The NYPD is looking to make an example of the captain who blew off his duties after a double cop shooting — by bringing the first-ever criminal charges against an officer for stealing time from the department, The Post has learned.
The NYPD’s Internal Affairs Bureau is analyzing Capt. Scott Forster’s E-ZPass and cellphone to figure out if he was skipping out on his job and getting paid for the time, law-enforcement sources said.
Investigators also are looking at his New York Law School schedule to see if he was taking classes when he was supposed to be working.
If they discover he’d been regularly skipping out on work, the IAB intends to explore the possibility of slapping him with grand larceny charges, according to law-enforcement sources.
Historically, cops in his position have been docked vacation days if they get caught taking off early, according to sources.
Forster, 31, was stripped of his badge and gun last month after he went home on Feb. 20 instead of responding to Kings County Hospital, where two wounded cops had been taken.
He was supposed to rush to the hospital to help coordinate the arrival of the shot officers, William Reddin and Andrew Yurkiw, but insisted it’s “not my problem,” sources said.
Forster later told the Staten Island Advance that he didn’t learn about the wounded cops until he was already back at his Staten Island home, because he’d been feeling sick and had left work about a half-hour early without notifying his supervisor.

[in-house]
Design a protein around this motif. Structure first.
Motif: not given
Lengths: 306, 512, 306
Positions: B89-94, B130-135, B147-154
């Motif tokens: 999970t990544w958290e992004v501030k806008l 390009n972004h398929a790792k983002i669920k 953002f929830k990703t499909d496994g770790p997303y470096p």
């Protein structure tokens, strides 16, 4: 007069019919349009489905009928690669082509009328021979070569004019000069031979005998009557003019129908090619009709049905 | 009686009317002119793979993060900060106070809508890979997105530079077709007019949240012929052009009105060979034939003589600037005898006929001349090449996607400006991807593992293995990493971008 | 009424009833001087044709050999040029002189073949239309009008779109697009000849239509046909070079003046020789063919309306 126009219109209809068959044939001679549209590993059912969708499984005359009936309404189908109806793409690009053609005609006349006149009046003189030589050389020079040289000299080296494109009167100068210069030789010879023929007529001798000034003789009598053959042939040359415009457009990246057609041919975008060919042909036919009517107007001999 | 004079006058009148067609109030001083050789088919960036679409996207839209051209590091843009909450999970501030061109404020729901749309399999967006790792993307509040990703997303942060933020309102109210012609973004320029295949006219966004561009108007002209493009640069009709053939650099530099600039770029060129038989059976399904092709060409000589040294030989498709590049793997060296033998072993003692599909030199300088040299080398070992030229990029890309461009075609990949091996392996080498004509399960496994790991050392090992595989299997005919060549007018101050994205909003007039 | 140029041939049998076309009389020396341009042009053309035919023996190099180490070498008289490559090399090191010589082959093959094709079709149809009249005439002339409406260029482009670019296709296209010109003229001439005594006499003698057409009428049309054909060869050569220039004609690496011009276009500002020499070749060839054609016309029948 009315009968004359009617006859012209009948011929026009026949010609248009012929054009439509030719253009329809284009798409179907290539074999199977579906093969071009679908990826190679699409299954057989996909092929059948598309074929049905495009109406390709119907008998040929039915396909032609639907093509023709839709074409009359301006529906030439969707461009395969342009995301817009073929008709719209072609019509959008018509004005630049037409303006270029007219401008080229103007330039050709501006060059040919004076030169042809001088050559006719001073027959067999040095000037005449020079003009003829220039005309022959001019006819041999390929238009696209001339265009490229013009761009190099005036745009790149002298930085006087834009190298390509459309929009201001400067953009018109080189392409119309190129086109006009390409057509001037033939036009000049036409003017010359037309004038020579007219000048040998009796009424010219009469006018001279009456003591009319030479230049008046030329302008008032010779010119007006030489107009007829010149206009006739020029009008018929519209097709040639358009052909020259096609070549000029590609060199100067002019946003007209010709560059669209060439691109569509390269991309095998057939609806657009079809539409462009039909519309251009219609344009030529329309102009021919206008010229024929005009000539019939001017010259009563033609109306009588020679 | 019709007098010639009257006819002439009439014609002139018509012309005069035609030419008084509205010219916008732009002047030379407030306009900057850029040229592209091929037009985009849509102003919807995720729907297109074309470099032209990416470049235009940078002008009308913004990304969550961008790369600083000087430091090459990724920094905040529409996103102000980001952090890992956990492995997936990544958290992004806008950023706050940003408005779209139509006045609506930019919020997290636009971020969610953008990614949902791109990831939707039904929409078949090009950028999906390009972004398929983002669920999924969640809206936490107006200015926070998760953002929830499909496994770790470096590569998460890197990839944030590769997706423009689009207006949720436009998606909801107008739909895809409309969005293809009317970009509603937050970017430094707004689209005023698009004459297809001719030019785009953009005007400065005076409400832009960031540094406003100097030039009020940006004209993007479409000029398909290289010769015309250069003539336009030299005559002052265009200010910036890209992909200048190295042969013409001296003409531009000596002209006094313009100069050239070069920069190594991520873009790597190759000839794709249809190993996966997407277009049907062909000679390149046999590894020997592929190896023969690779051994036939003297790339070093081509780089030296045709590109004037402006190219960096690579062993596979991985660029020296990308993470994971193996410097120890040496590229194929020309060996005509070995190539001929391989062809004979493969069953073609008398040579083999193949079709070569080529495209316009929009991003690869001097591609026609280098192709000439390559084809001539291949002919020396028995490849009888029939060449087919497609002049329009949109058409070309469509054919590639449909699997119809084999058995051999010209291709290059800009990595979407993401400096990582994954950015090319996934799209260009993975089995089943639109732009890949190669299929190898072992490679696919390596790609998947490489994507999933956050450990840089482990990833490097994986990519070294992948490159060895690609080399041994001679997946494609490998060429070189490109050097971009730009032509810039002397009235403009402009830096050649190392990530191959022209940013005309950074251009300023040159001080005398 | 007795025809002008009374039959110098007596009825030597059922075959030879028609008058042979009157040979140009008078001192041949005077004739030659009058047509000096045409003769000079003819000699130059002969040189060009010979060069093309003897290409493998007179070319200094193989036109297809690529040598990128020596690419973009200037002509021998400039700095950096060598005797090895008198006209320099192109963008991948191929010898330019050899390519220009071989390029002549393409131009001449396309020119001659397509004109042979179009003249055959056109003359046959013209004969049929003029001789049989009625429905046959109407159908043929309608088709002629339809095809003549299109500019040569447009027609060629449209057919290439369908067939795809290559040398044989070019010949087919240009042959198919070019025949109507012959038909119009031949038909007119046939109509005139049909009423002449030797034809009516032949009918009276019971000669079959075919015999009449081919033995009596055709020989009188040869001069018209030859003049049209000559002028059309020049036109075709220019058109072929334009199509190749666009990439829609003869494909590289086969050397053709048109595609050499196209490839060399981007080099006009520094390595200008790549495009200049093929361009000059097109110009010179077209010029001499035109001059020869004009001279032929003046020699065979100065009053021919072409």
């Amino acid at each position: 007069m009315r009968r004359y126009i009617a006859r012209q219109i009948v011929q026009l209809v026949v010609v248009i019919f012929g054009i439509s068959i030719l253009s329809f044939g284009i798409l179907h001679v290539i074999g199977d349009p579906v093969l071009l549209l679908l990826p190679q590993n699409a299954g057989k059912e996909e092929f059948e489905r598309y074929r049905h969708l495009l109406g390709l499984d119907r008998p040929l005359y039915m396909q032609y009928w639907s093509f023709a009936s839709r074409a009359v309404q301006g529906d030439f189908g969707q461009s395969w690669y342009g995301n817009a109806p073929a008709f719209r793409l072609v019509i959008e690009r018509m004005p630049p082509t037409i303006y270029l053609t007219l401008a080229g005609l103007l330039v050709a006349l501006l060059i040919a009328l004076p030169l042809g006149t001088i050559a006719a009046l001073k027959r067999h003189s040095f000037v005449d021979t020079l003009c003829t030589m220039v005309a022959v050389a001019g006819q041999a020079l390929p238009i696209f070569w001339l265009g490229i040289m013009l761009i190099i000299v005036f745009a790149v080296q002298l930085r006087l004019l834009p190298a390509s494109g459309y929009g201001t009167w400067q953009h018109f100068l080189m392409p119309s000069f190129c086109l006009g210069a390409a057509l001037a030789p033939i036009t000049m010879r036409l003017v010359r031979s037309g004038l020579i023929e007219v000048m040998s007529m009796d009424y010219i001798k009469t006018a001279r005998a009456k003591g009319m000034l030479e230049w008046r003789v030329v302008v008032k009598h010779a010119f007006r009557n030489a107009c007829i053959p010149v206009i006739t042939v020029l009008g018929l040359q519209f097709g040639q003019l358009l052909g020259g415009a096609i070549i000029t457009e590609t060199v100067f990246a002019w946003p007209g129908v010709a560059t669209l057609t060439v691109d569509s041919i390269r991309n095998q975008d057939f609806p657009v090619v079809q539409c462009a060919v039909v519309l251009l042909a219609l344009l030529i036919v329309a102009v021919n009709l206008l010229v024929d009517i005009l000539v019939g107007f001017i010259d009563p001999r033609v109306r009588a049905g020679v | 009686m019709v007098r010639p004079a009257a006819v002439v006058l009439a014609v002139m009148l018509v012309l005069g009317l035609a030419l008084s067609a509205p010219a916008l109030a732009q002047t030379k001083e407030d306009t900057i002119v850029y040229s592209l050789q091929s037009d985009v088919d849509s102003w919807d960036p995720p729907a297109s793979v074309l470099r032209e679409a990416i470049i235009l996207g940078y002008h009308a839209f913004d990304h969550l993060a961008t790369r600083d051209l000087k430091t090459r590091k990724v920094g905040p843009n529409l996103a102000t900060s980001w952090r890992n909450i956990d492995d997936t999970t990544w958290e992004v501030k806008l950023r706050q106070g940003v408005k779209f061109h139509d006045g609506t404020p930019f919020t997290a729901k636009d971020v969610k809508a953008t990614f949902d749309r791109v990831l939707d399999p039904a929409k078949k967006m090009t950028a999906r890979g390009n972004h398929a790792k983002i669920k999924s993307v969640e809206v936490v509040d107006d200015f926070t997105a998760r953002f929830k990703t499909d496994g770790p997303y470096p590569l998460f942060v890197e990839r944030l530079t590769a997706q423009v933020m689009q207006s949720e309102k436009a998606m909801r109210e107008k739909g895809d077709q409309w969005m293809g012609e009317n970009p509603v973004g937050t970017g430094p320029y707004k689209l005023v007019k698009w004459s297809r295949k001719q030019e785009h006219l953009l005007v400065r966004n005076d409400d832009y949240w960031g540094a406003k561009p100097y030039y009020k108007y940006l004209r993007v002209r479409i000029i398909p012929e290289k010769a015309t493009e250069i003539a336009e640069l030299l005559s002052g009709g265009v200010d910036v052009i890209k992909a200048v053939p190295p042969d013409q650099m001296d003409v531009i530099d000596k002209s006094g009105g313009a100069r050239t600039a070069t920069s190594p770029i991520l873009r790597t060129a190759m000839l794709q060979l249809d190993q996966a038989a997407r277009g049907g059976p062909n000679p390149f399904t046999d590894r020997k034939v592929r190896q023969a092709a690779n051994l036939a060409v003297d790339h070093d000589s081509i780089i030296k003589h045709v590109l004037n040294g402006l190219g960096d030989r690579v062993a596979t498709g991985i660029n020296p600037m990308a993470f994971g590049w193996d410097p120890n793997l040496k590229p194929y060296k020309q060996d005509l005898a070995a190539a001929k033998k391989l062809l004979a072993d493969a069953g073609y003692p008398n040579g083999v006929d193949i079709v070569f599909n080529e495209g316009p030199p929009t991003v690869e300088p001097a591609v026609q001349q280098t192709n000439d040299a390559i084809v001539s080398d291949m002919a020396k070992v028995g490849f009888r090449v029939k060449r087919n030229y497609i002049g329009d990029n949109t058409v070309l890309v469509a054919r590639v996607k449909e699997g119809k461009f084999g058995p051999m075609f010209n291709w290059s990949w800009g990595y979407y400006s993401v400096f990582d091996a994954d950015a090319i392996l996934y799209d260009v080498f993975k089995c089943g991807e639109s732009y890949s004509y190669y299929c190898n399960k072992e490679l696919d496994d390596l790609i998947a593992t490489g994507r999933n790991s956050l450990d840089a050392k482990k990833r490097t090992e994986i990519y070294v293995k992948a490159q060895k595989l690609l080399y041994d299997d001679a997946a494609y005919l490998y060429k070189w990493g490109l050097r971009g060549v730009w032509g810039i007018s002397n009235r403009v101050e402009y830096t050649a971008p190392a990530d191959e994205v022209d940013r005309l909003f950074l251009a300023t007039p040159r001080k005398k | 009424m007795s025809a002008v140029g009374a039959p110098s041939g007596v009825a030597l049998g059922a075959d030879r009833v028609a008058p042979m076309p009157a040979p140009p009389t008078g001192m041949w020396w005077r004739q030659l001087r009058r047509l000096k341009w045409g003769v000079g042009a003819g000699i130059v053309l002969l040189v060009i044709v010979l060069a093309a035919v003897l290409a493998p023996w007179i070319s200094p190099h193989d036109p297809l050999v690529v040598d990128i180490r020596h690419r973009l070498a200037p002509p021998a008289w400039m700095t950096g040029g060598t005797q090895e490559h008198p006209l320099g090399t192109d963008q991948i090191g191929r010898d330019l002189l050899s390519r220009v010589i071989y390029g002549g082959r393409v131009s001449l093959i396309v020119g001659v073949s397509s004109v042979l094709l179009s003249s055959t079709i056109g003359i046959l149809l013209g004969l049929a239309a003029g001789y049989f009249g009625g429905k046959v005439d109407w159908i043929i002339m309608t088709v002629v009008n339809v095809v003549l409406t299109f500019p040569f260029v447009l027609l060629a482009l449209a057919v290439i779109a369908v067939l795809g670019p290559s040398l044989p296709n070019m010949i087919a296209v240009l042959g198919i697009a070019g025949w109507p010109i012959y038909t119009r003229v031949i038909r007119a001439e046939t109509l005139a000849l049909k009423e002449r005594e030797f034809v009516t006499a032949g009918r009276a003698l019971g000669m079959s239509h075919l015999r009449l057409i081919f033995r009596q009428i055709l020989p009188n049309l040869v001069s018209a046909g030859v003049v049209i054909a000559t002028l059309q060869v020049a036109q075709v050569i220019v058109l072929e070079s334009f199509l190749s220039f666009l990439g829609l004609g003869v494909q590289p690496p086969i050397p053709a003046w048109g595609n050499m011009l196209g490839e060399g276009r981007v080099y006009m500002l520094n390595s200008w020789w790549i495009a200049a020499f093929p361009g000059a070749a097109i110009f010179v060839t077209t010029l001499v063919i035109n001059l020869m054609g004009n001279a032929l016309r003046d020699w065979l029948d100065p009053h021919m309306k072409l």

As punishment, the disgraced cop was transferred from his post at the 71st Precinct to the 52nd Precinct in the northwest Bronx, where he’s serving desk duty.
Forster, who was promoted to captain last summer, is currently under investigation for “gross negligence” and could be demoted at any time, law-enforcement sources said.
The hospital incident sparked the probe into his work habits after authorities found “numerous discrepancies” involving Forster in his precinct’s log book.
In 2014, he was disciplined for disregarding a direct order by a duty captain to respond to a call in Manhattan, according to law-enforcement sources. Then a lieutenant assigned to the Midtown South Precinct, Forster left for the night instead of responding to the call, which had been made near the end of his shift, sources said.
In 2011, Forster was charged with assault and briefly suspended for fighting with security guards at Jersey Shore Medical Center, sources said.
The charges against Forster, who earned nearly $140,000 in 2015, were later dismissed.
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